Dilip Kumar: The legend lives on
Known for his ‘method acting’, he learnt to play Sitar in order to appreciate classical music required in a film. He is said to have gone without sleep for shots that required him to appear exhausted
Decorated by both India and Pakistan, he was given Pakistan’s highest civilian award, Nishan-e-Imtiaz, in 1998 and was awarded the Padma Vibhushan in 2015. He had earlier been conferred the Padma Bhushan and the Dadasaheb Phalke Award. The legend turned down David Lean who offered him a role in Lawrence of Arabia, the role that made Omar Sharif a household name in Hollywood.
He spoke more than a dozen languages including English, Hindi, Urdu, Pashtu, Gujarati and Marathi. He was well-read with deep knowledge of Philosophy, Theology and Poetry. A foodie who relished both kebabs and Vada Paav, he would say when it came to food he had no class, that he ate everything.
His heart in the right place, he unhesitatingly participated in charity shows to raise funds for the industry and for relief funds. When fellow actor Mukri was ailing with gangrene, he got him shifted to Lilavati Hospital. Gracious, he would ask beneficiaries of his benevolence not to speak about it in public.
Known for his ‘method acting’ and realism, he once ran around the studio for several laps and returned panting to give a shot where he was to look exhausted. Fellow actors in Kalinga, which was canned, he put off a shot several times till he could show genuine grief by recalling his elder sister, who was no more. He learnt to play the Sitar in order to appreciate classical music required in a film. And he is said to have gone without sleep for shots that required him to appear exhausted.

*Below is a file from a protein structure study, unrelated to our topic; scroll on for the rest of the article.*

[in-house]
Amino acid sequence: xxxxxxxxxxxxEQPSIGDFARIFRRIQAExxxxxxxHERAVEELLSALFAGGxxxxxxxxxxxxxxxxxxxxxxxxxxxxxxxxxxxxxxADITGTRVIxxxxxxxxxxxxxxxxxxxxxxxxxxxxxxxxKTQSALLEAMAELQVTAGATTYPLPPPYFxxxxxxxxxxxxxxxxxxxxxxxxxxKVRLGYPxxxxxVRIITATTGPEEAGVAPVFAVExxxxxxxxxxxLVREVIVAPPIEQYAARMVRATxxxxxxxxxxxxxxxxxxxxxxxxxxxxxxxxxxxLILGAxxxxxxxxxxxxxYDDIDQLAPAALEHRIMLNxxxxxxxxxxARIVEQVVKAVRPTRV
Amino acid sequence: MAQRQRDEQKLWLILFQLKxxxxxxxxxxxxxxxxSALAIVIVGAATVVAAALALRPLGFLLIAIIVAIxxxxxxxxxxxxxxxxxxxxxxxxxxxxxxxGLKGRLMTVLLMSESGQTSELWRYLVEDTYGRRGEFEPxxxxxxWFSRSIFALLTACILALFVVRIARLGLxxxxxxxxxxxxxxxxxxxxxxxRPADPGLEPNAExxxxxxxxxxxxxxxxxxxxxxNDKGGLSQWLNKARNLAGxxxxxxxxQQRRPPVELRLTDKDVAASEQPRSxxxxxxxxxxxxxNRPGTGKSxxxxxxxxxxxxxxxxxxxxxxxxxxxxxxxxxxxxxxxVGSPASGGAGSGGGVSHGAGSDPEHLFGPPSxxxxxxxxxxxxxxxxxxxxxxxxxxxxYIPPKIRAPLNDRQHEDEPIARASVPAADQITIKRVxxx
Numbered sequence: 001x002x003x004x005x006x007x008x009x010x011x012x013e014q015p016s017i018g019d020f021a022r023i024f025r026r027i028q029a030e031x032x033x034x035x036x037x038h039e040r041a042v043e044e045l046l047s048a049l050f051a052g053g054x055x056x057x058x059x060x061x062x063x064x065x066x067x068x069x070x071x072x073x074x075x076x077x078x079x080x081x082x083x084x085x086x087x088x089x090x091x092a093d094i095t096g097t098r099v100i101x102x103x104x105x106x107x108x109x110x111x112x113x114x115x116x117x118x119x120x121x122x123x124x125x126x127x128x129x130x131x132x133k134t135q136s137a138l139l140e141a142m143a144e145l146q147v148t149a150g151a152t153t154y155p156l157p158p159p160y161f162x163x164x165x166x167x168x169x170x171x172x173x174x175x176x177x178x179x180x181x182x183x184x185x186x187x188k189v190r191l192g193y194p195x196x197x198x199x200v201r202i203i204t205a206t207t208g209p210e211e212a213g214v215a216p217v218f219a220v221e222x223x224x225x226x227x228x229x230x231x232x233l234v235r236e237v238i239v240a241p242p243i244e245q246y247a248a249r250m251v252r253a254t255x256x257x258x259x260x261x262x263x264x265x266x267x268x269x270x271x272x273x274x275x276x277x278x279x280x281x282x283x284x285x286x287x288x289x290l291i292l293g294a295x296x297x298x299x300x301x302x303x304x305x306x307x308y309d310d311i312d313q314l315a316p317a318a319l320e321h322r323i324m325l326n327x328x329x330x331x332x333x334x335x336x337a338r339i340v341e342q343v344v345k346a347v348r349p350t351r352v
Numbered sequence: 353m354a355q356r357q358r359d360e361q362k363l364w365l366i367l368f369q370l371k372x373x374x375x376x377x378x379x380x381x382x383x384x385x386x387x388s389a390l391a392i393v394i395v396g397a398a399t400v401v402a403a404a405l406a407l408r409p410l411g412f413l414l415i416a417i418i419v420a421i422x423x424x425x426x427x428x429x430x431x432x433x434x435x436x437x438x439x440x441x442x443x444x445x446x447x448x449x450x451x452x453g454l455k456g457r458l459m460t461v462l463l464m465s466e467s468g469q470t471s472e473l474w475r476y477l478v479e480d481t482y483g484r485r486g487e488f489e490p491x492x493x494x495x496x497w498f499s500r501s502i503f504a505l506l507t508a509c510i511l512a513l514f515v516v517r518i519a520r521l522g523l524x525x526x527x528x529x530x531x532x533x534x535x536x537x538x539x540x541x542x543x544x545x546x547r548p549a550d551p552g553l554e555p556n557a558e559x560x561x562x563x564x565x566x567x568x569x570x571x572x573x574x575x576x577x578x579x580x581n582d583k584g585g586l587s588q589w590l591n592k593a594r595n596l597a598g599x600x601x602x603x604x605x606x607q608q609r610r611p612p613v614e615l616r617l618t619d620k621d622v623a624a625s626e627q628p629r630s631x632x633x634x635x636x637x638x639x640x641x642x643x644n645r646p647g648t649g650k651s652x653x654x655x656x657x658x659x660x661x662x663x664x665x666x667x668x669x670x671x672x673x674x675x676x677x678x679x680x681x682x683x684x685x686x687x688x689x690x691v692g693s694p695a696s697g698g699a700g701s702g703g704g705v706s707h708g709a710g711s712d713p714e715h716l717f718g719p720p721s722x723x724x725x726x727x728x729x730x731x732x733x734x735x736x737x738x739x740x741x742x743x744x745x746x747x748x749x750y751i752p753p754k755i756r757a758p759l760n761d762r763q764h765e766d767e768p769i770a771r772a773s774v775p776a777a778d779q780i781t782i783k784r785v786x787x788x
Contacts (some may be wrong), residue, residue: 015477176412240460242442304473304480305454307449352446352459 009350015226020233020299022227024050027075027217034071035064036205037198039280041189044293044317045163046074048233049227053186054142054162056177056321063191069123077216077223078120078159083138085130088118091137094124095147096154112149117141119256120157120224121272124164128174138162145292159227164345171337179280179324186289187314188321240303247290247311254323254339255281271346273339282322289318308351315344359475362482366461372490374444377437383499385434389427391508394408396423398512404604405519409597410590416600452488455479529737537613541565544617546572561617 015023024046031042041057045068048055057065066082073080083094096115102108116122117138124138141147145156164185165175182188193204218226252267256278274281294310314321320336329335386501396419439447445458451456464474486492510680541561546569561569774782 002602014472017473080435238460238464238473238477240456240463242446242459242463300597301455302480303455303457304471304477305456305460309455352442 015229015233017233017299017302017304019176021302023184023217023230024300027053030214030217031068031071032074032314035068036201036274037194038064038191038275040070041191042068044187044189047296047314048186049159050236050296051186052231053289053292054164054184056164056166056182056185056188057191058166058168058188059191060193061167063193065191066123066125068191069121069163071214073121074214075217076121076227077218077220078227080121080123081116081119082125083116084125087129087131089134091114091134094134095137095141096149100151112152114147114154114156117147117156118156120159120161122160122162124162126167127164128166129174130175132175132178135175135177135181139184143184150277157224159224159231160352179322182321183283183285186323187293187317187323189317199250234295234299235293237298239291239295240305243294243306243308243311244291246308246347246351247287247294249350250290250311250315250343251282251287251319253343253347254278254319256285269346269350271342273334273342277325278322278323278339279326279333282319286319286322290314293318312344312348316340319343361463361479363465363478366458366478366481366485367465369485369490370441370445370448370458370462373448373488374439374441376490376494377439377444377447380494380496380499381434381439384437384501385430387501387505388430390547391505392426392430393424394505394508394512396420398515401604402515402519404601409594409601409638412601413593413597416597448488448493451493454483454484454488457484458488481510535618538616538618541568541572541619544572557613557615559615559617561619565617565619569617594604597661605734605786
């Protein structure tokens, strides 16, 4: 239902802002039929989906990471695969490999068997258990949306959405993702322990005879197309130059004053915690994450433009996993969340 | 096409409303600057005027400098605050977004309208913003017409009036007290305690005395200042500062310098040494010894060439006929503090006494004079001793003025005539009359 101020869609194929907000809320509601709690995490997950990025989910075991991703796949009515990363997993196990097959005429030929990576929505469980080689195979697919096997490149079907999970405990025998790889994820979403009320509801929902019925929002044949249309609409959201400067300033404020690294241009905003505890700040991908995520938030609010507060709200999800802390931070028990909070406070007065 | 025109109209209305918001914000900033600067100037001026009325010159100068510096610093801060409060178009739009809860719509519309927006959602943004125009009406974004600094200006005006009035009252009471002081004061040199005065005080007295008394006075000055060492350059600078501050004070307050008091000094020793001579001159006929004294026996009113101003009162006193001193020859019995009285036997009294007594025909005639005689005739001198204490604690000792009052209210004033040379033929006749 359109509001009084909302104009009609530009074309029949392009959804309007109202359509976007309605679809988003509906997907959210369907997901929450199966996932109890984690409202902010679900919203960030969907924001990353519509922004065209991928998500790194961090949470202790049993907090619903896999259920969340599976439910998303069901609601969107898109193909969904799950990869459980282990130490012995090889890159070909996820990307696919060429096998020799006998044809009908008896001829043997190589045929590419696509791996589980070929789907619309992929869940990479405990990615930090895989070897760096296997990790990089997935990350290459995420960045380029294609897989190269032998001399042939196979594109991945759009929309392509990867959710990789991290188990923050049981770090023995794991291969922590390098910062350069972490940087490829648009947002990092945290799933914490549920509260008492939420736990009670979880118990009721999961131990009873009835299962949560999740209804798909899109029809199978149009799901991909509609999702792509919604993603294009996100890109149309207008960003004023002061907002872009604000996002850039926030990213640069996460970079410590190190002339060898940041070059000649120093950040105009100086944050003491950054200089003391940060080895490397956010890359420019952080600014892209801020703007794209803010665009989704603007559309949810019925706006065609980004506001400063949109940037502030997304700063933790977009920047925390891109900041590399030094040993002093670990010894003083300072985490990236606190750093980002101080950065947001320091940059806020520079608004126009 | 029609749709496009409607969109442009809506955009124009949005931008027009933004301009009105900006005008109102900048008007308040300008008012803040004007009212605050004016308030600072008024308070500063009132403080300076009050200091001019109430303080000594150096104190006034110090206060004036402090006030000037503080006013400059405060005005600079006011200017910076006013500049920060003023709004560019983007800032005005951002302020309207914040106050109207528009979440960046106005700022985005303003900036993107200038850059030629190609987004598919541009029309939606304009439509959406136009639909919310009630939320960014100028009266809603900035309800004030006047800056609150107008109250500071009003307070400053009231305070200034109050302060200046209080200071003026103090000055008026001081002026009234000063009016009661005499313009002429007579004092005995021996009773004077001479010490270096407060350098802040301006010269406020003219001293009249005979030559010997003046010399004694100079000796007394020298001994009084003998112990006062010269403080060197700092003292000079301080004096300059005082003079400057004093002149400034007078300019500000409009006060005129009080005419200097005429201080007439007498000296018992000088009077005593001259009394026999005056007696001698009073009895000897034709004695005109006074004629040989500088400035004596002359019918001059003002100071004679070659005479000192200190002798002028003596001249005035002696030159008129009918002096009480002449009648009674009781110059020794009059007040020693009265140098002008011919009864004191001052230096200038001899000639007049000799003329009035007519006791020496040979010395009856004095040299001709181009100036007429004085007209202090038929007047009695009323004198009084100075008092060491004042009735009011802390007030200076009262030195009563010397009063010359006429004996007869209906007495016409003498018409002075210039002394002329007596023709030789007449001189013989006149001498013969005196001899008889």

The ‘King of Romance’ was romantically linked with Kamini Kaushal, Madhubala and Waheeda Rahman before at the age of 44 he got married to Saira Banu who was just 22 at the time. He married again Asma, a mother of three from Hyderabad but divorced her after first denying the marriage.
While it is believed Yusuf Khan changed his screen name to Dilip Kumar because of the communal tension that preceded and followed Partition, he told his biographer that he had done so to avoid getting thrashed by his father, who was a prosperous fruit merchant. Kumar concealed his new assignment from his father and quietly made his debut with Jwar Bhata in 1944.
Filmindia editor Baburao Patel, known for his acerbic tongue, in his review of Jwar Bhata was scathing in his criticism of the actor and wrote that the actor “needs a lot of vitamins and a prolonged treatment of proteins before another picture can be risked with him”. But undaunted, Dilip Kumar studied the work of his idols Ingrid Bergman and James Stewart and developed a minimalistic style.